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"'I'm a Health Worker' - Abduaraman Gidi" made by IntraHealth International.

Anya Guyer

This is the fourth chapter of the CHW Reference Guide, produced under the Maternal and Child Health Integrated Program, the United States Agency for International Development Bureau for Global Health’s flagship maternal, neonatal and child health project.

“Who’s in charge here?” can be a hard question for CHW programs to answer, particularly those that operate on the large scale. Who are the people and institutions that make decisions about running a program? How do they arrive at their decisions? And how are these decisions implemented and enforced? Things rapidly become complicated for CHW programs as they may or may not be part of the formal health system. CHWs may answer to multiple authorities including local health workers, vertical program managers and community leaders, as well as their clients and patients; and, what works very well in one area may not be appropriate in another place.

Figuring out “who’s in charge” is what governance is all about. In Chapter 4, authors Simon Lewin and Uta Lehmann use this definition for governance: “the processes and structures through which individuals and groups exercise rights, resolve differences and express interests.” They emphasize that governance encompasses actors, structures, and the interactions among these actors and structures.

Any discussion of governance has to define what, in particular, is good governance. Building on the previous definition, good governance can be understood as processes for decision-making and implementation that are fair, transparent, and consensus-oriented, and which result in programs that promote the public good and human rights. Ideally, good governance generates positive outcomes for the beneficiaries of any program.  DirectRelief_CHWs_Kenya_0.jpg

As you may already have gathered from even just the first few sentences of this summary, thinking about the governance of CHW programs generates many follow-on questions. Governance is also a continuously ongoing process; for CHW programs the process is rarely clearly defined or linear. 

To address all of this, Chapter 4 articulates four key questions about governance of CHW programs:

  1. How, and where within political structures, are policies made for CHW programs?
  2. Who, and at what levels of government, implements decisions regarding CHW programs?
  3. What laws and regulations are needed to support the program?
  4. How should the program be adapted across different settings of groups in the country or region?

In the chapter, each of these questions, along with detailed sub-questions (see Table 2, pp. 14-15 of the CHW Reference Guide), is addressed in depth, with examples and case studies from across the globe provided to make the discussion more concrete. These include short summaries from Brazil, India, and Zimbabwe. The Zimbabwe summary, for example, discusses what happened when the government-created structures that were supposed to involve communities proved not to mesh well with existing community structures. Informative tables (see Tables 3 and 4, pp. 16-27) appended to the chapter provide even more details about the governance of the large-scale CHW programs in Brazil, Ethiopia, India, Pakistan, and South Africa.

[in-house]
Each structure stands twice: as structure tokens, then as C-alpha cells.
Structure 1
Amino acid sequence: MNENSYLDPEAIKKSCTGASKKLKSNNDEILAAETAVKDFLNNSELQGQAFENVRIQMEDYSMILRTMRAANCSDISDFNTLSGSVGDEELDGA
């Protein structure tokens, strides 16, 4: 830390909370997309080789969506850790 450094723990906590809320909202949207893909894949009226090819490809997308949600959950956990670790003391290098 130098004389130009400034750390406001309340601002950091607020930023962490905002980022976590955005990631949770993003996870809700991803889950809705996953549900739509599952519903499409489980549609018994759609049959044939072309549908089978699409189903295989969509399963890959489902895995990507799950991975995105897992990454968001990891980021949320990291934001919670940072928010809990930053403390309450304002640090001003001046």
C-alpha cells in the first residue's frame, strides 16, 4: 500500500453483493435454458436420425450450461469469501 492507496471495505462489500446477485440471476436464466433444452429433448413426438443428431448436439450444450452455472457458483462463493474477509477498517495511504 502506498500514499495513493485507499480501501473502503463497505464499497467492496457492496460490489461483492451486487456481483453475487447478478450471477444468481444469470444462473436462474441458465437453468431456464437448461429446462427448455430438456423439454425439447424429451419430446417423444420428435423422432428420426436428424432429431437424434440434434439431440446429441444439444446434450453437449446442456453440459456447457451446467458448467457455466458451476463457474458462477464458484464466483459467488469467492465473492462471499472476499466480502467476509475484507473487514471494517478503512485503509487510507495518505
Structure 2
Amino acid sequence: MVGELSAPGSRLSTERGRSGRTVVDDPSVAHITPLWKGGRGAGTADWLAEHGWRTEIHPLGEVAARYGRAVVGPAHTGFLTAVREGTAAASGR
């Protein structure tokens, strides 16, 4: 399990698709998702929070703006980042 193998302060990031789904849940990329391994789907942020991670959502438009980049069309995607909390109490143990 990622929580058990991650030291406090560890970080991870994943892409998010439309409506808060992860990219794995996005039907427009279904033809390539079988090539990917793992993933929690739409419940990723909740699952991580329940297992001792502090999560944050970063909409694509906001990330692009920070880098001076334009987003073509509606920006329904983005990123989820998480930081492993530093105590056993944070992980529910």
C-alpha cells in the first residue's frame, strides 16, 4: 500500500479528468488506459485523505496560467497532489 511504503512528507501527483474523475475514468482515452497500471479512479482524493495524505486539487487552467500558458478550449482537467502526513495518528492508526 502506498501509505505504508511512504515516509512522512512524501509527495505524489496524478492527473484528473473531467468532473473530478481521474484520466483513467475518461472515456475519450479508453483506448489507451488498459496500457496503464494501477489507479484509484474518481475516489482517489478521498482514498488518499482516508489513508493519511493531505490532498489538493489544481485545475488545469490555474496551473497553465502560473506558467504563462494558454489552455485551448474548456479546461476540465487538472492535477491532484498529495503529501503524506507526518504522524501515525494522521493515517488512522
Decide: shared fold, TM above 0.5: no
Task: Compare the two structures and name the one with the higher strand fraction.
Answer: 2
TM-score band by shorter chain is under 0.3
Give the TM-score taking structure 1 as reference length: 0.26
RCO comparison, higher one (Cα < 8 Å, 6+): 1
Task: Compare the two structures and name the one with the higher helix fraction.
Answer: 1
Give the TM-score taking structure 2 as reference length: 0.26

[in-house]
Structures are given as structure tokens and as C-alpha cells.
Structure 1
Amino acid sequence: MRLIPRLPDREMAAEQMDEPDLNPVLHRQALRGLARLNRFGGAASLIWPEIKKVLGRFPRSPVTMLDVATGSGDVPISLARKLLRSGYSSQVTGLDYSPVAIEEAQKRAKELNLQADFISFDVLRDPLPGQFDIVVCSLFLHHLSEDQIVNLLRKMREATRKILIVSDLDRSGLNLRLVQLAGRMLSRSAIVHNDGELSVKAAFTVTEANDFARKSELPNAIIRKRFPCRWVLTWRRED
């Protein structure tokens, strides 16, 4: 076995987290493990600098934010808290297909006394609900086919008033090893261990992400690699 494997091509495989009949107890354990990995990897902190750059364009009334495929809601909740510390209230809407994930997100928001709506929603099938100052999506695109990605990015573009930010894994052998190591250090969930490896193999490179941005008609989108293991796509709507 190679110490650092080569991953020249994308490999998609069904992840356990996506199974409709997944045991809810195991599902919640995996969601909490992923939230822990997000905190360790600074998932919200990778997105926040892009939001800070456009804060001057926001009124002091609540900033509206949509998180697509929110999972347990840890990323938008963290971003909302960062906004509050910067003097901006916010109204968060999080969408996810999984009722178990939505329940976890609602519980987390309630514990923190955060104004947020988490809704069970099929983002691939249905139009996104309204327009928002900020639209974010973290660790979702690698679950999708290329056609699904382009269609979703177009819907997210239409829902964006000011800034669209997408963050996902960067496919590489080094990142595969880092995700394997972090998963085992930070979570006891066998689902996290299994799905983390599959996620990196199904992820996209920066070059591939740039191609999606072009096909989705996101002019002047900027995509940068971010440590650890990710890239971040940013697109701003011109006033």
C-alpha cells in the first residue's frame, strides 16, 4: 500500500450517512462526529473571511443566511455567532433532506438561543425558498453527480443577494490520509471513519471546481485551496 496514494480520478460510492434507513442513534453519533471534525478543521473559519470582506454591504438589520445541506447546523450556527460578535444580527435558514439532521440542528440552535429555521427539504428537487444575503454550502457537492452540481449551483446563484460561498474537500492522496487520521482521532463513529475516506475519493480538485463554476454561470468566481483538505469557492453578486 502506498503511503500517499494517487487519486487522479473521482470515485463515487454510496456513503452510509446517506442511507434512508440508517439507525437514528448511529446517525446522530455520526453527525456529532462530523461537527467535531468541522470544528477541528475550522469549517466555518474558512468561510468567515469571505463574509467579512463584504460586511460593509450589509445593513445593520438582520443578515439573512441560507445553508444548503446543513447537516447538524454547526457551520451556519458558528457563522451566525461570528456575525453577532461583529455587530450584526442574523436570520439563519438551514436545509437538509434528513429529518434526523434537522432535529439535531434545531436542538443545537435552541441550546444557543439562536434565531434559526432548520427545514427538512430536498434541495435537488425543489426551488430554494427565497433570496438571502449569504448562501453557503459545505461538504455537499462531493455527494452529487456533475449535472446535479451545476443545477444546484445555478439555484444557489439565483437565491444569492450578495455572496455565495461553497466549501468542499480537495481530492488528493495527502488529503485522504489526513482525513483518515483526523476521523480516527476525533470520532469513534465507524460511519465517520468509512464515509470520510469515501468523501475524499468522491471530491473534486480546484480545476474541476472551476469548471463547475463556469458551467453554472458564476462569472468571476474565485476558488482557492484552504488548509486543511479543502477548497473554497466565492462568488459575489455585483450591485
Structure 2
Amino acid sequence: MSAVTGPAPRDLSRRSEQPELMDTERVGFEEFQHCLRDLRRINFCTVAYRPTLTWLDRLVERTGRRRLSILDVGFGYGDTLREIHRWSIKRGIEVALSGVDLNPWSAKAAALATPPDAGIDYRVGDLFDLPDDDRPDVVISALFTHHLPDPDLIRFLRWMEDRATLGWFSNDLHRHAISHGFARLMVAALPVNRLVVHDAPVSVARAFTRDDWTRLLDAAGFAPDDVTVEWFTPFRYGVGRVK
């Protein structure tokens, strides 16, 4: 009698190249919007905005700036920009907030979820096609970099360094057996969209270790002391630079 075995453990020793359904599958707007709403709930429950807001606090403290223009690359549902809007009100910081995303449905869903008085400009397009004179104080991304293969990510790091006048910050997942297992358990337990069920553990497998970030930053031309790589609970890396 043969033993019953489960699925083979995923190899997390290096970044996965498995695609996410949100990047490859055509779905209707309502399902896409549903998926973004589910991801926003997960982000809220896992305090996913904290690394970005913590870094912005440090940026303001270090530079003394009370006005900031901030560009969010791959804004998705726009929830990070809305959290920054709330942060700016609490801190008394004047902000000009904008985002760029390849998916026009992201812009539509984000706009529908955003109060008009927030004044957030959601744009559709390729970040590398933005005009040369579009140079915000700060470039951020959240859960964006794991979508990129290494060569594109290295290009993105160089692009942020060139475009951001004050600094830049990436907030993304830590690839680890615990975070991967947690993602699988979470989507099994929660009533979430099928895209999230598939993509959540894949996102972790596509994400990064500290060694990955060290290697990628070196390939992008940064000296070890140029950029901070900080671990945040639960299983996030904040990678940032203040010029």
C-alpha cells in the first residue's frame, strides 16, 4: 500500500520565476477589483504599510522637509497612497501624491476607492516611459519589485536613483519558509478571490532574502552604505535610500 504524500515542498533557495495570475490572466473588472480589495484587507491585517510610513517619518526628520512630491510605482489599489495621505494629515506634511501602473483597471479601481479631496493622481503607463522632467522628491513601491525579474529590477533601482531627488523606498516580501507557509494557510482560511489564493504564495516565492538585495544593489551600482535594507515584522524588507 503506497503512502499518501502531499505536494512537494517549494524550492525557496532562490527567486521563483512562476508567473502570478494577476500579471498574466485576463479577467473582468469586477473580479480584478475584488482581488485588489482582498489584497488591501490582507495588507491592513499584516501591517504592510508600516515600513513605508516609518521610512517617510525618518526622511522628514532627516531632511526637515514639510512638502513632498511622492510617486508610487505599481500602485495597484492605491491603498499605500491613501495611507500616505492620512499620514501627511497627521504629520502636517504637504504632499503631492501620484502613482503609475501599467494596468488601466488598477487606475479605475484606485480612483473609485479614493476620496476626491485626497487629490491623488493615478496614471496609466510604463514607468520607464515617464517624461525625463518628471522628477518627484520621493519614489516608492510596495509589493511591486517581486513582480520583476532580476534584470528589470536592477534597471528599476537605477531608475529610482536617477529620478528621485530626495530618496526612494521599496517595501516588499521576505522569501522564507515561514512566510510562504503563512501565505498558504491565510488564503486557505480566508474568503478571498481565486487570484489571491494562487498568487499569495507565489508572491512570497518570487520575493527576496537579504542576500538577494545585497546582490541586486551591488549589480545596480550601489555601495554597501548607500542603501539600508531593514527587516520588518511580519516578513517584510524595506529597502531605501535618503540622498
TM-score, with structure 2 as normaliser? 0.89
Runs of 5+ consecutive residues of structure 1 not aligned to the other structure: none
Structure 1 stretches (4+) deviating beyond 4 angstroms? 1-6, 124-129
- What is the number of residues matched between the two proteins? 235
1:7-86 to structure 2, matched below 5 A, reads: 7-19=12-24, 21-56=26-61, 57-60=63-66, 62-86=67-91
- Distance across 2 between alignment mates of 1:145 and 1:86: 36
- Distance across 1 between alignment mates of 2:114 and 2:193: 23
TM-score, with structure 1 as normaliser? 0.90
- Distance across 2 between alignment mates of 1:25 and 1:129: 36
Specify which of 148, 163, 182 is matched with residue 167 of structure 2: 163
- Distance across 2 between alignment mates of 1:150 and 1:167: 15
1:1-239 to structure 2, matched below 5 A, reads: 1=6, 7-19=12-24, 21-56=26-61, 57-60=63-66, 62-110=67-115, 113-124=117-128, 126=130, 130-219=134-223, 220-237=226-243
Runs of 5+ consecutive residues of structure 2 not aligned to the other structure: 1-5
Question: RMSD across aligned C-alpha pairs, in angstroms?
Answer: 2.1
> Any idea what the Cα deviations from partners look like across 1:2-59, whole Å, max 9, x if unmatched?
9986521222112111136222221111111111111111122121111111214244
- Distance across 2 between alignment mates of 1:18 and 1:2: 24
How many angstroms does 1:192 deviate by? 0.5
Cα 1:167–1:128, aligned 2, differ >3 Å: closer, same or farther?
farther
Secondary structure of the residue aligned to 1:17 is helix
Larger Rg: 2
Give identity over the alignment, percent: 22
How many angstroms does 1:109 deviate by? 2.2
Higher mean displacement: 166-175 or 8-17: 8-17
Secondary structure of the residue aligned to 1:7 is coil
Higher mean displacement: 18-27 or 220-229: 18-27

The chapter emphasizes two additional points on governance:

First, developing an understanding of the contexts—from local and national—in which a CHW program works is fundamentally important. Every community, health system, and government operates differently. A committee structure that works well in one part of India may not be able to have any influence in a different region that has different traditional authority structures. Policies handed down from a central government body may not be relevant to the challenges facing a minority community. These variations need to be accounted for in CHW programs if they hope to remain acceptable and relevant to the community they hope to serve. 

Secondly, for good governance to be established and sustained, resources—notably time and money—must be made available for governance processes. Programs need to allocate resources to enable the right people to come together to engage in governance processes, including policy debates, planning sessions, communication and engagement of the beneficiary communities and CHWs, and monitoring and evaluation of programmatic outcomes. Without adequate resources for these activities, the practice of governance will be severely hampered; without good governance, a program will eventually falter.

At the end of the chapter, Lewin and Lehmann comment that, “Policymakers and other stakeholders in each setting need to consider what systems are currently in place and what might work in their context and develop a locally tailored governance approach.” This chapter provides policymakers and other stakeholders with a critical tool: a list of clearly articulated questions that need to be answered in order to answer the big question of “who’s in charge?” Governing a CHW program is complicated, but the suggestions and examples provided in Chapter 4 can help decision-makers better understand the range of options they must consider. 


Anya Guyer is a public health consultant who works on

health systems strengthening, human resources development,

access to health commodities and medicines, and community

mobilization. Ms. Guyer's projects have included online course

development, technical advising on USAID-funded health

programs, and grassroots development grantmaking.

Ms. Guyer has worked extensively in sub-Saharan Africa as well

as in Guyana. She has a MSc in global health and population

and a BA in medical anthropology.  


Photo courtesy of Direct Rellef - creative commons license

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